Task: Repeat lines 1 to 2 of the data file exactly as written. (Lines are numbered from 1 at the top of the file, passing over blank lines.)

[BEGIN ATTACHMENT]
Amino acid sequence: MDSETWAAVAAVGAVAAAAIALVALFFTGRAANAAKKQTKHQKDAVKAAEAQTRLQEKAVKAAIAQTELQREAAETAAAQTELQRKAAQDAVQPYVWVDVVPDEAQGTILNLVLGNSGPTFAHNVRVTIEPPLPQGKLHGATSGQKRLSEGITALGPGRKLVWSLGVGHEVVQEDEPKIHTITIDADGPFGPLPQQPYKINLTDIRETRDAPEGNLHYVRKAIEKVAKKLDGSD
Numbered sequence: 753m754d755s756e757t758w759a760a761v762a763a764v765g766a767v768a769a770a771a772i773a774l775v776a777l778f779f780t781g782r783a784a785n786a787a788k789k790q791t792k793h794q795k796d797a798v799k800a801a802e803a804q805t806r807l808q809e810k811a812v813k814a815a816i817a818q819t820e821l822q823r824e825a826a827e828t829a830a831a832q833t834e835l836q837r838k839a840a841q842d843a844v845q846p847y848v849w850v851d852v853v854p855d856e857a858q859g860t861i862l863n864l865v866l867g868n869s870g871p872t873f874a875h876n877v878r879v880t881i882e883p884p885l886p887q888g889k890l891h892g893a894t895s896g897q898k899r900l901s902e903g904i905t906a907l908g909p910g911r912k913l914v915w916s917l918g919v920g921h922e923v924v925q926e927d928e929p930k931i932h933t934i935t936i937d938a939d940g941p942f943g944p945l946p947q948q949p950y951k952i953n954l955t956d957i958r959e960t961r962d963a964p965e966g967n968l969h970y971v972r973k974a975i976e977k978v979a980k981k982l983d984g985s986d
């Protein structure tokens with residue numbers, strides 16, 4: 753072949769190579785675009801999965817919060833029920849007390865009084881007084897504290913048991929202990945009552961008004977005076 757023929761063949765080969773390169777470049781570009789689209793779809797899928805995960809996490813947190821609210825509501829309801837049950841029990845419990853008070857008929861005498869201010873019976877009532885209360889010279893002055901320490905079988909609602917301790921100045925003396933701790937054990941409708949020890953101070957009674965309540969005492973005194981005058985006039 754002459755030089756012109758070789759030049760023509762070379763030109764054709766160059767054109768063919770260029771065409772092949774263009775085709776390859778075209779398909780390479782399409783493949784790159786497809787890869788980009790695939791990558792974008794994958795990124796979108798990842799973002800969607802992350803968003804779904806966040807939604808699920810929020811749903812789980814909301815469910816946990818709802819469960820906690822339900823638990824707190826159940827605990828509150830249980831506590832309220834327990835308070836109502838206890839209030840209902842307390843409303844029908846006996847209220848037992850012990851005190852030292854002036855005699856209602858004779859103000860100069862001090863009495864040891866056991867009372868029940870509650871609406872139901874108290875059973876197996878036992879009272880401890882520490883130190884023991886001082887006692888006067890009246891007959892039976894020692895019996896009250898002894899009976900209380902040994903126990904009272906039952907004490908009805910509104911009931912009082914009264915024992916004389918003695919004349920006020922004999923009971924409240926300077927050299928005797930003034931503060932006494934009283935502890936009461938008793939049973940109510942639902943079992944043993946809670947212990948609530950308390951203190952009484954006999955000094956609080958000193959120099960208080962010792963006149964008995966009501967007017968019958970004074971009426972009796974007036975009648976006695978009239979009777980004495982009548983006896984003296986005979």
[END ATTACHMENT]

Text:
Amino acid sequence: MDSETWAAVAAVGAVAAAAIALVALFFTGRAANAAKKQTKHQKDAVKAAEAQTRLQEKAVKAAIAQTELQREAAETAAAQTELQRKAAQDAVQPYVWVDVVPDEAQGTILNLVLGNSGPTFAHNVRVTIEPPLPQGKLHGATSGQKRLSEGITALGPGRKLVWSLGVGHEVVQEDEPKIHTITIDADGPFGPLPQQPYKINLTDIRETRDAPEGNLHYVRKAIEKVAKKLDGSD
Numbered sequence: 753m754d755s756e757t758w759a760a761v762a763a764v765g766a767v768a769a770a771a772i773a774l775v776a777l778f779f780t781g782r783a784a785n786a787a788k789k790q791t792k793h794q795k796d797a798v799k800a801a802e803a804q805t806r807l808q809e810k811a812v813k814a815a816i817a818q819t820e821l822q823r824e825a826a827e828t829a830a831a832q833t834e835l836q837r838k839a840a841q842d843a844v845q846p847y848v849w850v851d852v853v854p855d856e857a858q859g860t861i862l863n864l865v866l867g868n869s870g871p872t873f874a875h876n877v878r879v880t881i882e883p884p885l886p887q888g889k890l891h892g893a894t895s896g897q898k899r900l901s902e903g904i905t906a907l908g909p910g911r912k913l914v915w916s917l918g919v920g921h922e923v924v925q926e927d928e929p930k931i932h933t934i935t936i937d938a939d940g941p942f943g944p945l946p947q948q949p950y951k952i953n954l955t956d957i958r959e960t961r962d963a964p965e966g967n968l969h970y971v972r973k974a975i976e977k978v979a980k981k982l983d984g985s986d